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Cytomegalovirus infections among low birth weight infants in a major hospital in Cairo, Egypt, (Elgalae).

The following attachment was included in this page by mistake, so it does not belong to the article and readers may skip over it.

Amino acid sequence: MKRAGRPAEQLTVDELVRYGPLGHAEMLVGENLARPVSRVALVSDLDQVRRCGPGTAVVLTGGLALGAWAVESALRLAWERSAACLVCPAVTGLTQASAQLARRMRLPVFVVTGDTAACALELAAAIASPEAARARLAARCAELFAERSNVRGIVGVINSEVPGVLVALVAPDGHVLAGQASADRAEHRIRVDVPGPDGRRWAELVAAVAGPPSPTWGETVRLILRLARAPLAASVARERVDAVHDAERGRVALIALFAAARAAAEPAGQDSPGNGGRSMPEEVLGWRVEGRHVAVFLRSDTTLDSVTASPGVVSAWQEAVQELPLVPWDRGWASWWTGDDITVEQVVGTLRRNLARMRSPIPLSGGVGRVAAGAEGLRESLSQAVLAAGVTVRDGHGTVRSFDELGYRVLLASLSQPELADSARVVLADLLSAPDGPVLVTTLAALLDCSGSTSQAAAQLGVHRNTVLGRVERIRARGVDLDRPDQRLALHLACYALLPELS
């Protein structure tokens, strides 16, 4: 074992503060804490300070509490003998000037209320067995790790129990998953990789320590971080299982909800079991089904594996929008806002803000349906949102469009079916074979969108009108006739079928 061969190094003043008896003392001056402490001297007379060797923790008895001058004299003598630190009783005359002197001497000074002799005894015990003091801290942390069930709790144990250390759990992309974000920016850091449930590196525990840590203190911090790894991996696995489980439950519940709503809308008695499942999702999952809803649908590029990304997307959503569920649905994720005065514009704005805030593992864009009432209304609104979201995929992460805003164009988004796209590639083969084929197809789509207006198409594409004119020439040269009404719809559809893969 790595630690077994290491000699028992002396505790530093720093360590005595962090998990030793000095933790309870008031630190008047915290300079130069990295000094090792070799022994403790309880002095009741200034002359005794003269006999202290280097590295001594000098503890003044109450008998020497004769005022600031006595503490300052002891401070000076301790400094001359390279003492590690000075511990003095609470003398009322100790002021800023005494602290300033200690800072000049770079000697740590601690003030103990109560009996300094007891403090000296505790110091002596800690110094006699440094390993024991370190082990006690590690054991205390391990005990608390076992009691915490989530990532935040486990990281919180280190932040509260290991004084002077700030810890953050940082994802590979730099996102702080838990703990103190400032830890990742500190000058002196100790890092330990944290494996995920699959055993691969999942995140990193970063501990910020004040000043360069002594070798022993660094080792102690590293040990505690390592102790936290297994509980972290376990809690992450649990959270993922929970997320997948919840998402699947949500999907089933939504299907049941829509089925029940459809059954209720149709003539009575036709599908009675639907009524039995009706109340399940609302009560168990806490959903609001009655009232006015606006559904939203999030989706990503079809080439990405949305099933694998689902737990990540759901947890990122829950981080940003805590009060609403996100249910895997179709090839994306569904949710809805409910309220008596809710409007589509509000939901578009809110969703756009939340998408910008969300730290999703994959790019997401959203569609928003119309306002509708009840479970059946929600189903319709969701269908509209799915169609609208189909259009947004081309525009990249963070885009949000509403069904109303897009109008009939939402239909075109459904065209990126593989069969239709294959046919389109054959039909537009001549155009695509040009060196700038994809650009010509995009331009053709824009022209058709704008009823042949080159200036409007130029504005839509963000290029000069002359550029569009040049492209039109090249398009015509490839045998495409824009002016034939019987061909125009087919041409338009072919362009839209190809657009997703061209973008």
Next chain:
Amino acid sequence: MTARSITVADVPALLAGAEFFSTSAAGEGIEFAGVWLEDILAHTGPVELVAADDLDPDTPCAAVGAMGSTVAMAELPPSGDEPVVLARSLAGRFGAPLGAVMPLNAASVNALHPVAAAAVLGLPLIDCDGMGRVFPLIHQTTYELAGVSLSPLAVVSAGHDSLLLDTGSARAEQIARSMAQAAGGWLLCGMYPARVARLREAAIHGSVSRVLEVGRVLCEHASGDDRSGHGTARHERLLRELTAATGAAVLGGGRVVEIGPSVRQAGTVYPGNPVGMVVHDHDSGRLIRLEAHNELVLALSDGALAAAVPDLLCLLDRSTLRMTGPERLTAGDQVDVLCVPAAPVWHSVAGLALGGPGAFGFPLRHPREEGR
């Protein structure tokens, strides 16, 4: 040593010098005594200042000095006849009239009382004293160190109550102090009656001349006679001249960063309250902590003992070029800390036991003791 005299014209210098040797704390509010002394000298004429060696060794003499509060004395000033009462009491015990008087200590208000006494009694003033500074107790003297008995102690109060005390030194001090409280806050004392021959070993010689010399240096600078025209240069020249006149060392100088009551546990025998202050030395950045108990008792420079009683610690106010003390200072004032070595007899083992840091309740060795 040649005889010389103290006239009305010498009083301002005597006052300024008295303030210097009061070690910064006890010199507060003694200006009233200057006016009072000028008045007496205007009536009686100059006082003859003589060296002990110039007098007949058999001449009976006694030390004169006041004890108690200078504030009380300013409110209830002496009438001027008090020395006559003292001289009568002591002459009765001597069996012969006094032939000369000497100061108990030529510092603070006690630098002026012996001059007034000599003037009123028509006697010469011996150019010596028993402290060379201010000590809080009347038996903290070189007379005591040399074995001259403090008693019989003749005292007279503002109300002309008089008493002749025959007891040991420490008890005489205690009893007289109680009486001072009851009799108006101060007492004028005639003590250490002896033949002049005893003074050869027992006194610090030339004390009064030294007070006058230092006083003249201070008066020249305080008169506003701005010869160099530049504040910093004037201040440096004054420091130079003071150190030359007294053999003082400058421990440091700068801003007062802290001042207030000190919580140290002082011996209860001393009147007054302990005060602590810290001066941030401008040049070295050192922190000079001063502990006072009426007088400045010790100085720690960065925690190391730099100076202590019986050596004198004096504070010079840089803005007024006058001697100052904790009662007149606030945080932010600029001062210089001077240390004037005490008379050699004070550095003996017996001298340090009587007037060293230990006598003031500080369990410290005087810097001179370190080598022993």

Human Cytomegalovirus (HCMV) is one of the leading causes of congenital infections, which can lead to severe foetal anomalies or even foetal loss. In order to determine the incidence of congenital HCMV infection in low birth weight neonates and the most prevalent genotype, cord blood samples were collected from a 102 full-term low birth weight neonates at the time of delivery as well as blood samples from their mothers during a four month period. Another 102 blood samples were also included in a normal weight control group. Samples were subjected to DNA extraction, PCR amplification and genotyping of the glycoprotein gB gene. Five cord blood samples were found to be HCMV positive (2.45%); four of which were low birth weight (3.92%) while, only one sample from the control group was HCMV positive (0.98%). Real time PCR was used for quantitative analysis of the virus among the positive samples. The Genotyping of the positive five cases revealed that four cases were gB1 and only one was gB2. The genotypes gB3 and gB4 were absent. Low birth weight is a major risk factor for congenital HCMV infection. The incidence of infection in Egypt is among the highest infection rates found in developing countries. The most prevalent genotype in Egypt is gB1.